News Feature | March 10, 2014

FDA Requests Sanofi-Regeneron To Assess Cholesterol Drug Risk

Request Information

By Estel Grace Masangkay

The U.S. Food and Drug Administration (FDA) has requested Regeneron Pharmaceuticals and Sanofi to evaluate how their investigational cholesterol drug affects brain function. The request follows the release of new information connecting the new class of medicines to adverse events in patients.

The request centers on investigational PCSk9 inhibitors, which are designed for patients who are intolerant of statins. Sanofi stated, “The FDA has requested that Sanofi and Regeneron make an assessment of potential neurocognitive adverse events across the global development program for alirocumab, especially in the longer-term studies.” The FDA also requested the companies to evaluate the feasibility of integrating new tests for assessing potential cognitive effects in at least a subset of patients involved in their late-stage trials.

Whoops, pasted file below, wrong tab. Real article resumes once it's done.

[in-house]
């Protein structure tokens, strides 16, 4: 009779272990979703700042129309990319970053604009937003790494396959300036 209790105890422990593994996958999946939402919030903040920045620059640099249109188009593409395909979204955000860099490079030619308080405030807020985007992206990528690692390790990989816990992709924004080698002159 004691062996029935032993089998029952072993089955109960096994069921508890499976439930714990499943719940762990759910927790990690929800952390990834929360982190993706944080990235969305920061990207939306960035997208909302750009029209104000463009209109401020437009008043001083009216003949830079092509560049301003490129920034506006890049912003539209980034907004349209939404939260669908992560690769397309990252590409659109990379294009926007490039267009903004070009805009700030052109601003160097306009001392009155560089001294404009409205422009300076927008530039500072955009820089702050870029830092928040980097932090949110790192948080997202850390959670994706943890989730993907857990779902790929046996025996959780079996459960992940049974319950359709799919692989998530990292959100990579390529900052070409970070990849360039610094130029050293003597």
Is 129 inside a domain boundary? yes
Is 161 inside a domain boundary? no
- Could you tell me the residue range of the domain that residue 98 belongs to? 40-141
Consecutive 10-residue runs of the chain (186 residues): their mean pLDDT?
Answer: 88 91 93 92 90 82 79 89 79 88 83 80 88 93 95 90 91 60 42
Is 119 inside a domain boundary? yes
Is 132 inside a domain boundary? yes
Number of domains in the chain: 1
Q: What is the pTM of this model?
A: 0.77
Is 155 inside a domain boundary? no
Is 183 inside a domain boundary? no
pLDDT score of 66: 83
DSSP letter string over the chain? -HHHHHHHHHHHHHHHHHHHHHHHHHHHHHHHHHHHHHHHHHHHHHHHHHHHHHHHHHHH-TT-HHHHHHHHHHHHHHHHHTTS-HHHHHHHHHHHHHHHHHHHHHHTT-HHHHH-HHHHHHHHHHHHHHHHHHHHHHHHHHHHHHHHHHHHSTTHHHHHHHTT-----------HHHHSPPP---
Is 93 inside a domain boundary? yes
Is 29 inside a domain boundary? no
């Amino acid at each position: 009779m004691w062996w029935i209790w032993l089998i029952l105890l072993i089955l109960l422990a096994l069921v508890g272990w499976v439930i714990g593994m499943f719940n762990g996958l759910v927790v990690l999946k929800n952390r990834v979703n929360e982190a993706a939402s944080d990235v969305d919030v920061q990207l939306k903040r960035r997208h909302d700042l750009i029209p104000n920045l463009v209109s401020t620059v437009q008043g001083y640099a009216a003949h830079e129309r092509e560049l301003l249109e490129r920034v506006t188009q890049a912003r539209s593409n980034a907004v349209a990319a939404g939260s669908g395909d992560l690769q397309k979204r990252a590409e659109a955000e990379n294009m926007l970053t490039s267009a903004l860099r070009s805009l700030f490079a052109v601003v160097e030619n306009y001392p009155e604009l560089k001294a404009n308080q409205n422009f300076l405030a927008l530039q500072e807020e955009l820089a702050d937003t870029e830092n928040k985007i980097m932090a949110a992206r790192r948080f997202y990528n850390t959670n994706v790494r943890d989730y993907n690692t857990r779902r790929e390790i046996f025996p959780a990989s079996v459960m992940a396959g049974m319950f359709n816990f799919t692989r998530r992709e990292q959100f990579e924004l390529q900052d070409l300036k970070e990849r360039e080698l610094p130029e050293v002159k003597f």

The companies’ experimental therapy may hit peak sales of $2.5 billion according to Deutsche Bank analyst Robyn Karnauskas. Pharma companies currently in late-stage testing of the PCSK9 inhibitor therapies include Amgen together with Sanofi and Regeneron. Pfizer, Roche, Merck, and Eli Lilly also have PCSK9 inhibitors under development.

Pfizer has previously released an advisory with its cholesterol-lowering statin Lipitor stating that all statins are associated with rare reports of cognitive impairment including amnesia, memory loss, and confusion. The company said the side effects are not serious in general and reversible upon discontinuation of the drug. Victoria Davis, a spokeswoman for New York-based Pfizer, told Bloomberg, “At this stage of our bococizumab development program, we are not aware of any neurocognitive safety signals. We are monitoring the safety of our patients as we as do for all of our Phase 3 programs.”

Available cholesterol lowering drugs already have warnings about cognitive impairment. Regeneron Chief Executive Officer Len Schleifer told Bloomberg, “To date we haven’t seen this problem but we’re going to look for it carefully. Right now this shouldn’t change anything,” in regard to the timing of the ongoing trials. Regeneron noted the regulatory request in a filing last month.